A professor from the University of Utah has partnered with The Church of Jesus Christ of Latter-Day Saints to develop a database which shares the history of African-American members of their faith.
“Century of Black Mormons” is a digital history database. It documents and recovers the identities and voices of African-American Latter-Day Saints during the faith’s first 100-years.
Paul Reeve, head of the project and a history professor at the University of Utah, hopes the information in the database will help people understand what it meant to be a minority in a minority religion.
Andrew Pineres, a college student who viewed the database, said it has been eye-opening.
“The thing I love about this website is that it not only gives information about this not being a White religion, but it also is so much more than that. It gives stories and backgrounds about different people and what it was like back in that time to be a minority,” said Pineres.
The exhibit contains digital records of original documents, photographs, and biological essays.
It also shares statistics pertaining to gender, slavery, and locations of their conversion.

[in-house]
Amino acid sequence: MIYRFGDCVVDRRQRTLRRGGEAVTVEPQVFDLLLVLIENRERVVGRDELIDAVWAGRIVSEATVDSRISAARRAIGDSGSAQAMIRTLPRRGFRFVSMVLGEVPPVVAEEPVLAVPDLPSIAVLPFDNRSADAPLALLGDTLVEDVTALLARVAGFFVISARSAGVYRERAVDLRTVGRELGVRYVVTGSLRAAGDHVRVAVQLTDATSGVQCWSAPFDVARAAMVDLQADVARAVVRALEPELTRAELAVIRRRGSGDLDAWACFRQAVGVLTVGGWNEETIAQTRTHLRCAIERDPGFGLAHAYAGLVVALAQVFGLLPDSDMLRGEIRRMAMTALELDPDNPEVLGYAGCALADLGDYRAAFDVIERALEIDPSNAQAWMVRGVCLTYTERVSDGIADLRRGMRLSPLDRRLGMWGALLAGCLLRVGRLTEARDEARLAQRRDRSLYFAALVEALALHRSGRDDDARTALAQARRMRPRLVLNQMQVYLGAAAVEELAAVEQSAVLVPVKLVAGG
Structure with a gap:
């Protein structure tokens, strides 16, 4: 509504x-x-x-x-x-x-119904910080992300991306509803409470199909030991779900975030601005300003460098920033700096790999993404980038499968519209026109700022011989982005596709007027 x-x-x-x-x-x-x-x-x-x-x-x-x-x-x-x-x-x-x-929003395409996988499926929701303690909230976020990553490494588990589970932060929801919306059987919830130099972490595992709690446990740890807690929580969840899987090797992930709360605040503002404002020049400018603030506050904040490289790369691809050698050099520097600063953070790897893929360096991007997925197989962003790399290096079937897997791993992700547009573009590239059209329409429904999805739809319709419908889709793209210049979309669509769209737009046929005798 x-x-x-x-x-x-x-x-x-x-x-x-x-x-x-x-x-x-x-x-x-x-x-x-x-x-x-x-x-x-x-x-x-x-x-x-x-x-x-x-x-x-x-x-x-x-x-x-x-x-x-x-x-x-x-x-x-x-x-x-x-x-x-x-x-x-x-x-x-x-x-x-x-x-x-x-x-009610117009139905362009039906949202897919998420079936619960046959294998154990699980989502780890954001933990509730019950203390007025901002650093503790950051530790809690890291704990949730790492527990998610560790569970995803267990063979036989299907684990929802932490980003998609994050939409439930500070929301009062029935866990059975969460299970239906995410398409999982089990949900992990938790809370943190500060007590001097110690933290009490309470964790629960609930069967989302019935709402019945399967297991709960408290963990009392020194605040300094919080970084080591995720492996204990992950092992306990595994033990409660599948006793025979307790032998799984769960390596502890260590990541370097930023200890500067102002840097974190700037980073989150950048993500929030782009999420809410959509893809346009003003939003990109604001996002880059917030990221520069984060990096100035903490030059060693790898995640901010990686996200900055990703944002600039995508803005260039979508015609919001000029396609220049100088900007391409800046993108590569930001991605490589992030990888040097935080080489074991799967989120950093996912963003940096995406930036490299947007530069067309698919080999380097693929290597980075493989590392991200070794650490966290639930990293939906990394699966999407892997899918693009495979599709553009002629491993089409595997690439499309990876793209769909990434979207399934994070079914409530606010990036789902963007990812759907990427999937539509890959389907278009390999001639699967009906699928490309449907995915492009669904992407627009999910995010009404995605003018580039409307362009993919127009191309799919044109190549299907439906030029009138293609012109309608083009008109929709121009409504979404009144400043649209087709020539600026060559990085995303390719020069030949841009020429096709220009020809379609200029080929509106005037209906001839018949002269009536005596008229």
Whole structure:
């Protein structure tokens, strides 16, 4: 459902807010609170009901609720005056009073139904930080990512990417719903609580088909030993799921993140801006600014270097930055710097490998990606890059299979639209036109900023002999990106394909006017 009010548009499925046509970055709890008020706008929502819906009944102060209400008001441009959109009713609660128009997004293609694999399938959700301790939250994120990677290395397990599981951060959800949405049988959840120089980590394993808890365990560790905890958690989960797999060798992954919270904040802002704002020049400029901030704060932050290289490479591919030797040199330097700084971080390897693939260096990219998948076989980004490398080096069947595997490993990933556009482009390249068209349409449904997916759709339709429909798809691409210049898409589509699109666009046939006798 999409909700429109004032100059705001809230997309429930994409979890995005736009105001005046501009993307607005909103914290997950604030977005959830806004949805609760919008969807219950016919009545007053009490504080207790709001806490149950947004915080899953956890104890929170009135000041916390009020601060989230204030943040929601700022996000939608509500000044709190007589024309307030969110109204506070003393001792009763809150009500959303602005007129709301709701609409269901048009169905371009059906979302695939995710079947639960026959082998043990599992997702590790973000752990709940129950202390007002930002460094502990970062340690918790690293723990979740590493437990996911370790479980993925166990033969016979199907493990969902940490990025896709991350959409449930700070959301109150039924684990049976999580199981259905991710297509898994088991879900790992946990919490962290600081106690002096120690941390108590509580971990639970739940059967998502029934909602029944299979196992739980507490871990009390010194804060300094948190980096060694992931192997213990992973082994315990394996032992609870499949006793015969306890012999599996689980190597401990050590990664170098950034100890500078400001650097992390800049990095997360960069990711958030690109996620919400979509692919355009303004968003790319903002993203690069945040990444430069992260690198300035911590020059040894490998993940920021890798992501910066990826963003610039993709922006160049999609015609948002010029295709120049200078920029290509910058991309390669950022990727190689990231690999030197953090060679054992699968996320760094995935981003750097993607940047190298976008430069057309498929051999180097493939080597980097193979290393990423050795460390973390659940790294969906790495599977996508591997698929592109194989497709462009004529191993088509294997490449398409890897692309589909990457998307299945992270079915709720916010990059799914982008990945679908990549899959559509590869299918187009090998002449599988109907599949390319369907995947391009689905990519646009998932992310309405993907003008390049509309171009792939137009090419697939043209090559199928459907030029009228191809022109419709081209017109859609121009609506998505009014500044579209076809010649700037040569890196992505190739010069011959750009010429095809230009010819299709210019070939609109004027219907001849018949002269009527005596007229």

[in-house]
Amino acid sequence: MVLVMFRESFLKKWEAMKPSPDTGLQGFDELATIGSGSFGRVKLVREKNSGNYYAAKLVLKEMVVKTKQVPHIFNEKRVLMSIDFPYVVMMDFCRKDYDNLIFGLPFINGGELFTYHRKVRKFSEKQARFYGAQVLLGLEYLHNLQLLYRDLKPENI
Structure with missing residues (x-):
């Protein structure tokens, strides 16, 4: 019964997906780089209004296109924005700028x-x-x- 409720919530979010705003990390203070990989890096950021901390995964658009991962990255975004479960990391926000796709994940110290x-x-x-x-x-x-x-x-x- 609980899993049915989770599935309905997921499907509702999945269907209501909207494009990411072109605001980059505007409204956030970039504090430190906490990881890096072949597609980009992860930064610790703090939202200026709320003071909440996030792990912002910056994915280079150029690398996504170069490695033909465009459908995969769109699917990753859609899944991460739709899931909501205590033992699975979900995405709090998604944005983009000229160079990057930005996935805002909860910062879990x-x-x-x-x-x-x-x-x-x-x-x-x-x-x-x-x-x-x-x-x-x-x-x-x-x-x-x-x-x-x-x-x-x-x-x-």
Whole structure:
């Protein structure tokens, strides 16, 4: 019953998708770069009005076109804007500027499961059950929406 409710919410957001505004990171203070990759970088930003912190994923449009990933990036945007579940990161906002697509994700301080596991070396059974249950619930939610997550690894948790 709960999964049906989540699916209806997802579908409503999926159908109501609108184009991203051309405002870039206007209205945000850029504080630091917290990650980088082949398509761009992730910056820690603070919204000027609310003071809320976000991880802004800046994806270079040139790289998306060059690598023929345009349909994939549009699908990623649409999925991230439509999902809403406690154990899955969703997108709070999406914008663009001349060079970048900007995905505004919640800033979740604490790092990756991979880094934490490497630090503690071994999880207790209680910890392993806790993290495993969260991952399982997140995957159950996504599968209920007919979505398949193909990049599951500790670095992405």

However, the most compelling aspect of the database is the rich stories of African-American members like Jane Manning James, who participated in early church women’s organizations, and Elijah Able, who served three missions for the church.
Ron Weaver III, a BYU student, has enjoyed reading and exploring the various stories in the digital exhibit.
“I like the things I have been able to read with Elijah Able and other Black Mormon pioneers. Personally not my ancestors, but the other culture of Black people and other pioneers that have been out there,” said Weaver.
The exhibit’s archive contains nearly 40 biographies with the plan to add 200 more.
The hope is for the project to help historians tell a more complete story during the faith’s first century, one which includes members of color.